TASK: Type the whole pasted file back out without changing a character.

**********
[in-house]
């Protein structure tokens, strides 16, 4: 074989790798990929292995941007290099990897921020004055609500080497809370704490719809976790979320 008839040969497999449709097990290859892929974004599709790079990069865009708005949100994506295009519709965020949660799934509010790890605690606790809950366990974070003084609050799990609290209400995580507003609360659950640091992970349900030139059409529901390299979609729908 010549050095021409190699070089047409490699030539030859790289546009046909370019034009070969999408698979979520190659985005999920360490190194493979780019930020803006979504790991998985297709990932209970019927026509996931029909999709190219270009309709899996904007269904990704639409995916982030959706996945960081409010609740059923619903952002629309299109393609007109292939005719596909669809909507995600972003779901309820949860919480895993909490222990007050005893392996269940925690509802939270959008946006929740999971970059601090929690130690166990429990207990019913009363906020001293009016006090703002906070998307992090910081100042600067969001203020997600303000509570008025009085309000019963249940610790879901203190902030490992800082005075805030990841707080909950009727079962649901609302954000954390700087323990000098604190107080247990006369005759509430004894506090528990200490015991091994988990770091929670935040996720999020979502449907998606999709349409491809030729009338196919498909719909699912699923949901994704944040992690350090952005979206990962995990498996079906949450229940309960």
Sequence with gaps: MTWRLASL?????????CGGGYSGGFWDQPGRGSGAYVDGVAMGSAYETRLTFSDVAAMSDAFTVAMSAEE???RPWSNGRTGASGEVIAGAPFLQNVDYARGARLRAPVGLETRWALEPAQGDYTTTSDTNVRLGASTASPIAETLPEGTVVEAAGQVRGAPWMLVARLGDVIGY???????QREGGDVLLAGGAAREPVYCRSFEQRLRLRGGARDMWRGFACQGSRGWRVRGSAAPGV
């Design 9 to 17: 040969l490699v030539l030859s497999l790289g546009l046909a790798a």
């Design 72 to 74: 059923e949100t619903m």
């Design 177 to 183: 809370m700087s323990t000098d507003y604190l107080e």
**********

[in-house]
């Protein structure tokens, strides 16, 4: 074989790798990929292995941007290099990897921020004055609500080497809370704490719809976790979320 008839040969497999449709097990290859892929974004599709790079990069865009708005949100994506295009519709965020949660799934509010790890605690606790809950366990974070003084609050799990609290209400995580507003609360659950640091992970349900030139059409529901390299979609729908 010549050095021409190699070089047409490699030539030859790289546009046909370019034009070969999408698979979520190659985005999920360490190194493979780019930020803006979504790991998985297709990932209970019927026509996931029909999709190219270009309709899996904007269904990704639409995916982030959706996945960081409010609740059923619903952002629309299109393609007109292939005719596909669809909507995600972003779901309820949860919480895993909490222990007050005893392996269940925690509802939270959008946006929740999971970059601090929690130690166990429990207990019913009363906020001293009016006090703002906070998307992090910081100042600067969001203020997600303000509570008025009085309000019963249940610790879901203190902030490992800082005075805030990841707080909950009727079962649901609302954000954390700087323990000098604190107080247990006369005759509430004894506090528990200490015991091994988990770091929670935040996720999020979502449907998606999709349409491809030729009338196919498909719909699912699923949901994704944040992690350090952005979206990962995990498996079906949450229940309960």
Sequence with gaps: MTWRLASL?????????CGGGYSGGFWDQPGRGSGAYVDGVAMGSAYETRLTFSDVAAMSDAFTVAMSAEE???RPWSNGRTGASGEVIAGAPFLQNVDYARGARLRAPVGLETRWALEPAQGDYTTTSDTNVRLGASTASPIAETLPEGTVVEAAGQVRGAPWMLVARLGDVIGY???????QREGGDVLLAGGAAREPVYCRSFEQRLRLRGGARDMWRGFACQGSRGWRVRGSAAPGV
């Design 9 to 17: 040969l490699v030539l030859s497999l790289g546009l046909a790798a």
């Design 72 to 74: 059923e949100t619903m």
């Design 177 to 183: 809370m700087s323990t000098d507003y604190l107080e």